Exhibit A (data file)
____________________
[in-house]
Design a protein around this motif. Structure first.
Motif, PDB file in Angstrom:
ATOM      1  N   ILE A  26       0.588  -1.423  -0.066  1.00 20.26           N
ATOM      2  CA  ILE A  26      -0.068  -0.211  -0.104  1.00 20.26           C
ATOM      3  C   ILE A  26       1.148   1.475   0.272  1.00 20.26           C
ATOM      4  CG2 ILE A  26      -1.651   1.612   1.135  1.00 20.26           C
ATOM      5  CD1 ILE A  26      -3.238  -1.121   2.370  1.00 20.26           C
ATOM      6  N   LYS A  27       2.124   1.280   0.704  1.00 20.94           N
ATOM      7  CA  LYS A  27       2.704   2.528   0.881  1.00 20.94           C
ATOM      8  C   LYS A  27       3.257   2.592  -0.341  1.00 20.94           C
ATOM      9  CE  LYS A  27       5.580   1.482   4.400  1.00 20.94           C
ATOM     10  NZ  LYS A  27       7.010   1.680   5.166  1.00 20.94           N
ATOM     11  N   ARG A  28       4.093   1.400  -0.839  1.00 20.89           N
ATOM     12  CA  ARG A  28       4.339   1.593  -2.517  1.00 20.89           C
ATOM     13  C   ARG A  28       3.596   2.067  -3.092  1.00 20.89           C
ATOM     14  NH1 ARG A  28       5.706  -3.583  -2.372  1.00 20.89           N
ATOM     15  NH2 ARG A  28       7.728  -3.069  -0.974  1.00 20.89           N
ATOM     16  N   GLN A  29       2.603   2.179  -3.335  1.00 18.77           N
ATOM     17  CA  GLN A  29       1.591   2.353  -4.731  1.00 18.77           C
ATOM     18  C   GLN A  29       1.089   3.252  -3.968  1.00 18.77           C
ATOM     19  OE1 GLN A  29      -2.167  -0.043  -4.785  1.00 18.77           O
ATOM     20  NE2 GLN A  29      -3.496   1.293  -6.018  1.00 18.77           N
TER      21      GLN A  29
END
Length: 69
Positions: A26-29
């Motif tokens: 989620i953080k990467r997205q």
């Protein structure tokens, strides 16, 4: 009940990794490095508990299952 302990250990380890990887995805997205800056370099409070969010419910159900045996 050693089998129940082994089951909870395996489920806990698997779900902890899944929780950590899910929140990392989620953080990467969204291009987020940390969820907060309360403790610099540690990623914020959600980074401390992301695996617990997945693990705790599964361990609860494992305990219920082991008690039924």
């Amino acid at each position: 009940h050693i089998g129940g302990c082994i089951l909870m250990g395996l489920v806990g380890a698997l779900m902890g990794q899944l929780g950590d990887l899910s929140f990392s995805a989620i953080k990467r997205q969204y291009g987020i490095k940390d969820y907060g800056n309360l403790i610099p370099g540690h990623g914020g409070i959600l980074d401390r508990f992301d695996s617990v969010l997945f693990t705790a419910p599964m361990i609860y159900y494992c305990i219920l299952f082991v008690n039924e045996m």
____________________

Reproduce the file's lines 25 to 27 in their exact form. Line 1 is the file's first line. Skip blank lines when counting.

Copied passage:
END
Length: 69
Positions: A26-29